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Tagged With "Tomb of the Unknown Soldier"

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Re: Newgrange; Ireland’s ancient Passage Tomb

PHeymont ·
It's interesting how we perceive age. In the U.S., we have few buildings over 200 years old, while in other places buildings older than that are part of the housing stock. And here we have a building of intricate design and decoration old enough that we hardly know any of the history of its builders. A reminder to us how much there is to see and know that is beyond our daily lives. Thank you for the tour!
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Re: Newgrange; Ireland’s ancient Passage Tomb

GarryRF ·
Perceptions of time ! Interesting subject. You do get a little blasé about History when you're surrounded by it. This is my local Church. It's nearly a thousand years old and still in regular use !
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Re: Newgrange; Ireland’s ancient Passage Tomb

DrFumblefinger ·
Age is relative, isn't it? I guess they called it the "New World" for a reason. That's a beautiful church, Garry, and in such a lovely setting. Maybe you can share more about it with us sometime in a POD or short blog post.
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Re: Newgrange; Ireland’s ancient Passage Tomb

GarryRF ·
TravelandNature. You'd be surprised at how many people have been saved by that Church. "Regulars" from hundreds of years ago still attend services and Funerals. Next door to this Church is a Pub and folks come out to catch the last Bus at Mid-night. They often see 8 Nuns in white carrying a coffin through the main doors. Which are still closed - of course!
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Re: Newgrange; Ireland’s ancient Passage Tomb

Travel Rob ·
GarryRF was kind enough to take me to that church It's impressive. People just walk old walls too there like it's no big deal. I guess it's really what you're used to
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Re: Newgrange; Ireland’s ancient Passage Tomb

GarryRF ·
Walking the "Walls" that enclose the City - maybe 3 miles around - is a local ritual ! At frequent intervals there are Pubs to stop at. The idea being that you stop at each one , have a drink and proceed to the next. Its only the hardened drinkers who complete the circuit. A friend from Anna Maria Island, Florida sent his daughter to stay with us for a while. Same age as my daughter and they got along like a house on fire ! So when we arrived in Chester I told her our day was walking around...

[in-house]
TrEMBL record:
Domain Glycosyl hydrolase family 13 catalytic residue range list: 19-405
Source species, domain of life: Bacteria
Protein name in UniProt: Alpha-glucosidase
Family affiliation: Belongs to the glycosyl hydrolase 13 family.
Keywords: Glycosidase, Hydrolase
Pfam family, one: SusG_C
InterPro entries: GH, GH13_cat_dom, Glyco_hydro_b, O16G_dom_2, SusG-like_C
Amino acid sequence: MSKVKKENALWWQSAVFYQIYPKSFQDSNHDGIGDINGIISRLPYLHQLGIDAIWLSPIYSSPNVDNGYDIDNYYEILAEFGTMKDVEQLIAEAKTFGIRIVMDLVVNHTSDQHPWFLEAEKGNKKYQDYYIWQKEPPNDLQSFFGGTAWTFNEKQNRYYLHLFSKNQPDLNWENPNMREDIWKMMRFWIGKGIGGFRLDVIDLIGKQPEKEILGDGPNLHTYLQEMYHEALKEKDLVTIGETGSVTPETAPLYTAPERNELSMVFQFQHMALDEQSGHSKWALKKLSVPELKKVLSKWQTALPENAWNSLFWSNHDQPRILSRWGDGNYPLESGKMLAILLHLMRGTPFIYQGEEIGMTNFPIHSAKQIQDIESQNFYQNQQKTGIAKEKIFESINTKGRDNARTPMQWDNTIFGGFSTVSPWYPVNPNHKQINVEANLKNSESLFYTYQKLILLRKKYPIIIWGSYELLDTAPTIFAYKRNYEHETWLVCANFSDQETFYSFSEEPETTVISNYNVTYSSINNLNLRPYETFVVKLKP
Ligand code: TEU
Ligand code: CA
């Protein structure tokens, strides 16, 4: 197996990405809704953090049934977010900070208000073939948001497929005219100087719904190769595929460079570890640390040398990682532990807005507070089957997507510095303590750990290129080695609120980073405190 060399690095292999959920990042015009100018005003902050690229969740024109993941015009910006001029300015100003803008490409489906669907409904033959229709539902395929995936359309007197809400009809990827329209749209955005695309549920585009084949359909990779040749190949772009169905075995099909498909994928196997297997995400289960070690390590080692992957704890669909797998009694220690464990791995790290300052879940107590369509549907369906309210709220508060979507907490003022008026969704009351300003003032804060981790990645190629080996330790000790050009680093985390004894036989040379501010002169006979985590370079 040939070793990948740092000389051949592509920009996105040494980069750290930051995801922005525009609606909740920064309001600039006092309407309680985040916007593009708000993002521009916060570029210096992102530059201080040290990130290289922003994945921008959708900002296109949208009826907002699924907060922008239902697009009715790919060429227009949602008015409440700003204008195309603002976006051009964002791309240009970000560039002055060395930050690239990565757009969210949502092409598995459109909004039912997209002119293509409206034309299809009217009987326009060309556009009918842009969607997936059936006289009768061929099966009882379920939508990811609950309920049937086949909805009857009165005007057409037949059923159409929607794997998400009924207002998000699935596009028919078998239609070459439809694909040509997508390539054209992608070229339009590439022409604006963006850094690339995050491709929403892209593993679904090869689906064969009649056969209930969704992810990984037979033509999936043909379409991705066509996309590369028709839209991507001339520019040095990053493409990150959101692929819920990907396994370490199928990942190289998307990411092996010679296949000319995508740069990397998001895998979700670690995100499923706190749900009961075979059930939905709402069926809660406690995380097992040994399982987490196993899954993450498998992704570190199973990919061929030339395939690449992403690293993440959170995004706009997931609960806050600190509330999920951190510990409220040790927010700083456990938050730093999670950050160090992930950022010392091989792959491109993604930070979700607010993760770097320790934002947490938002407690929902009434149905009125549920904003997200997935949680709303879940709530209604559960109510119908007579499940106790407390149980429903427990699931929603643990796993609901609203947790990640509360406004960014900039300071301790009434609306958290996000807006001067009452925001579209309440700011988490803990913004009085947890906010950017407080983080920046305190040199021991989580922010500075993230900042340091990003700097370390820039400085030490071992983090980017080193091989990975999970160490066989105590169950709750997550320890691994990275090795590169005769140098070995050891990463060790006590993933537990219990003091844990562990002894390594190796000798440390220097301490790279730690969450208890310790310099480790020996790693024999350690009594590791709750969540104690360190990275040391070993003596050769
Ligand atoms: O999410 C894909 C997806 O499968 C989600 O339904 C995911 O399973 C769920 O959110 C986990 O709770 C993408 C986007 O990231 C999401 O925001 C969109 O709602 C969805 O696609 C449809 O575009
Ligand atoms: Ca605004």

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Re: Newgrange; Ireland’s ancient Passage Tomb

GarryRF ·
On my first visit to Anna Maria I was amazed that the Pelicans would sit next to you on the pier by Allemande Villas. Like a pet dog. They would try and steal your bait as you were fishing. But like a good dog they responded to a "Hey you!" and sat watching you. When I caught my first fish I pulled and fought with the monster! As I lifted my prize from the water my new Pelican friend flexed his wings. He glided off the Pier and with great precision removed my catch from the hook! He passed...
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Re: Newgrange; Ireland’s ancient Passage Tomb

DrFumblefinger ·
For those who are interested, we received this link which has some interesting graphics of Newgrange site. http://www.openuniversity.edu/...he-winter-solstice-a
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Re: The Tulou of Fujian Province

PortMoresby ·
No, Rob. Sorry, I don't remember. I read a lot of publications, online and off, and the original picture got lost in the dust of enthusiasm to research logistics. I don't think there's any lack of enthusiasm in the world but that obscure places are getting less obscure every day. What I do think is lacking is imagination. We tend to read about places people have enjoyed, as here on TravelGumbo and follow, rather than setting out for parts unknown. I believe if a place is hard to get to it...